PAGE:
As part of the NEA Arts Journalism Institute for Classical Music & Opera, our group of 23 met yesterday with the New York Philharmonic’s talented new conductor Alan Gilbert.
Joining Gilbert in the meeting was his composer-in-residence, the Finn, Magnus Lindberg. Also on the panel was Gilbert’s artistic administrator, John Magnum, formerly of the L.A. Philharmonic.
The 43-year-old native New Yorker struck us as notably unneurotic, unimperious, and unspoiled. Indeed, he seemed normal, reasonable, and well-balanced. He’s a conductor … so … what’s up with this guy?
Gilbert chatted genially about his new job in the wake of two sold-out performances of Ligeti’s “Le Grand Macabre,” an unusual program selection that won the high praise of the New York press (read Justin Davidson’s elegant review in New York Magazine). The Philharmonic’s notoriously persnickety audience seemed to like it too.
“I wasn’t surprised by the reaction to “Grand Macabre,”” said Gilbert. “I had the feeling we could sell out. When we put the institutional might of the orchestra behind a program, we know we can do well.”
The press and the city at-large are viewing in this non-controversial young man a palatable change agent for the orchestra’s revival. He advocates a pleasing agenda of evolution . . . not revolution.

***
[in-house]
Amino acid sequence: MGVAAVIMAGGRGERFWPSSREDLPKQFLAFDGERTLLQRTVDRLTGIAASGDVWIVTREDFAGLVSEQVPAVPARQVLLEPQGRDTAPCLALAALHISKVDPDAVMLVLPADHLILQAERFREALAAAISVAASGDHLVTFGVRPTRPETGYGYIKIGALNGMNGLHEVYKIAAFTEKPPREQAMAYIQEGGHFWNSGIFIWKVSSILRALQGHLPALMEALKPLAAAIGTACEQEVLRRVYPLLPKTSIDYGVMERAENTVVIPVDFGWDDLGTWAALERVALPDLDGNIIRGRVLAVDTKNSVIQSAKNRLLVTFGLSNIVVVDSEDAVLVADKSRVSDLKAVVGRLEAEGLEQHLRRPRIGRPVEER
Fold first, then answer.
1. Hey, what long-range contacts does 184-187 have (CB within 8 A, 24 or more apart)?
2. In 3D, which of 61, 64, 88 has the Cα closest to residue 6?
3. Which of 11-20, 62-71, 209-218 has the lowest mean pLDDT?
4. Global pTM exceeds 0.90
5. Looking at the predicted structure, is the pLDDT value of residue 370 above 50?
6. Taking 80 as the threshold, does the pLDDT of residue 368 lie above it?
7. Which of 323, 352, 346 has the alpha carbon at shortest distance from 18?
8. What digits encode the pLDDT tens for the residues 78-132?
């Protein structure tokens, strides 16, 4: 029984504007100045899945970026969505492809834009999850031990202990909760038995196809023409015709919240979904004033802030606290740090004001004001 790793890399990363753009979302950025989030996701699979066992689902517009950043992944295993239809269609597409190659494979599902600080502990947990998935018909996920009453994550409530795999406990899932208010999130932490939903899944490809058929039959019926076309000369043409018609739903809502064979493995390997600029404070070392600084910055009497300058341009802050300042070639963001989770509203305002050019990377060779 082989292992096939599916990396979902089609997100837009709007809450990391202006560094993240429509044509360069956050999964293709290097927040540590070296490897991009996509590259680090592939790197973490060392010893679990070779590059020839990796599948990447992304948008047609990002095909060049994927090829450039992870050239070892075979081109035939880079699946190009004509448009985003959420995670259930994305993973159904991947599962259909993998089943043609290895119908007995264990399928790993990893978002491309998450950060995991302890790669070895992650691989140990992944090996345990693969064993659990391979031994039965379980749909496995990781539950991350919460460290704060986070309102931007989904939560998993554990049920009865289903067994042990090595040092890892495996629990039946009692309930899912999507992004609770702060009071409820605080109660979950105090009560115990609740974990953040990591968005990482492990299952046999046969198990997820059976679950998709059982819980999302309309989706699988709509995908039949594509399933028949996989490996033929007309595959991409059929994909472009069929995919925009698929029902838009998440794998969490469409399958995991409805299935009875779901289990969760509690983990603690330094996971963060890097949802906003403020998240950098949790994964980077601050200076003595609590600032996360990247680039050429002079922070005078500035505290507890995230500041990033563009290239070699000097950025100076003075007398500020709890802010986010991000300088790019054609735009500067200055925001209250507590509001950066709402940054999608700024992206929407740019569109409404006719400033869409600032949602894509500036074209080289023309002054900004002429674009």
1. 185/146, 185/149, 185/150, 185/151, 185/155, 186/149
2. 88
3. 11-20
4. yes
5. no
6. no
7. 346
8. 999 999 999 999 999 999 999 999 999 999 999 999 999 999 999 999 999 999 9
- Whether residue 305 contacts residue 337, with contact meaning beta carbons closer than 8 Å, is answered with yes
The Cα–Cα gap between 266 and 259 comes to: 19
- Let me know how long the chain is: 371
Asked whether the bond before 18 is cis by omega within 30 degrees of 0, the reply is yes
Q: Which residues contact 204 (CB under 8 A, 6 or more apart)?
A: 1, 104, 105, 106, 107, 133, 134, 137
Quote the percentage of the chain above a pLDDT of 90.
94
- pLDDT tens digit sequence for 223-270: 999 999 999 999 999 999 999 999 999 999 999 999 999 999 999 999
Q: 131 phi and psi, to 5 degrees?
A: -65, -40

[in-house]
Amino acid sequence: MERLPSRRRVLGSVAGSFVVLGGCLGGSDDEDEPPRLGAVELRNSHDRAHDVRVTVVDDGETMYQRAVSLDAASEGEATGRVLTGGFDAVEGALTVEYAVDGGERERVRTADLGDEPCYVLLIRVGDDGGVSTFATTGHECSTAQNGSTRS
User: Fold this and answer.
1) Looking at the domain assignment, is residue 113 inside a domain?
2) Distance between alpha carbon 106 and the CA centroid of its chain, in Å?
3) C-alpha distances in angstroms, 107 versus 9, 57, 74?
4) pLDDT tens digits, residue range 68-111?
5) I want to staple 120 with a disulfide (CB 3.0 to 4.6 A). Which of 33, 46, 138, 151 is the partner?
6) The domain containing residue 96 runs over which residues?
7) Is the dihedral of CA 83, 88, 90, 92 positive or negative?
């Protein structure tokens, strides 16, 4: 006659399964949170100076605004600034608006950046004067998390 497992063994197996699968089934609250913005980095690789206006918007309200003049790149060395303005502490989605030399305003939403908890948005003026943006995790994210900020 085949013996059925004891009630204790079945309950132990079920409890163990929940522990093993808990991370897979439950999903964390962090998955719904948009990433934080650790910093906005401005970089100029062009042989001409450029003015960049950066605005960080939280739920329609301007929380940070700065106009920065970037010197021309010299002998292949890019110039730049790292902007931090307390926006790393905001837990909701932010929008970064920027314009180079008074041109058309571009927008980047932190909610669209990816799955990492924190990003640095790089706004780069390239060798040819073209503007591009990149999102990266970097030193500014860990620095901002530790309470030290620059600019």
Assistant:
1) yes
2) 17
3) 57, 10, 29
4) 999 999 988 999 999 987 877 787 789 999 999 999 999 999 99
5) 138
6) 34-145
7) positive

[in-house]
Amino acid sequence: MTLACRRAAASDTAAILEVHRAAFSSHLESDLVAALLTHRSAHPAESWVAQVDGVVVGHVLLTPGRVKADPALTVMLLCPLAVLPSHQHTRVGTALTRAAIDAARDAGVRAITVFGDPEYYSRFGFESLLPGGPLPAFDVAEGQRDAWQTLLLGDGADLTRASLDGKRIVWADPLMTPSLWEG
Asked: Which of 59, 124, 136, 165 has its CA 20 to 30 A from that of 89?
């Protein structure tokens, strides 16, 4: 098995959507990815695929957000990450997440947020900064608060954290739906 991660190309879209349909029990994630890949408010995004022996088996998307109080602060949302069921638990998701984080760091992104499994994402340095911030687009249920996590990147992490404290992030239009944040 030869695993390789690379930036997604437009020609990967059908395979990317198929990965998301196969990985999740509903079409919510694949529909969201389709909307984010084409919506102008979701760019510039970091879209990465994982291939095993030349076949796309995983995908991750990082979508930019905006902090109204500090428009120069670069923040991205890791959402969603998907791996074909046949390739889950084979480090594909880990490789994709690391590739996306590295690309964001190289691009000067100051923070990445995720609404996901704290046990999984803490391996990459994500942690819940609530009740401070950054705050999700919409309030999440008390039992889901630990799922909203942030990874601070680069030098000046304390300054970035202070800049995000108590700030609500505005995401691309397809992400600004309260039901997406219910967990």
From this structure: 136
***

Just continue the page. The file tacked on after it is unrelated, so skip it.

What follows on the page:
“I believe in the power of what the traditional orchestra has been doing for years. I don’t think the format is flawed. People can still buy a ticket and have an important human experience in our hall. I don’t think we need to be aggressively high-brow. But the New York Phil has been out of the picture for years. It’s been marginalized. It’s important to me [to bring it back.]”
“There’s been a lot of soul searching going on — with a lot of discussion of what our mission is and what our artistic vision is. In fact, we are not presenting more contemporary music then before. We don’t program contemporary music out of sense of duty and there’s no tokenism. I just program the music I like.”
He added with quiet confidence: “I feel like I’ve been hired to be myself.”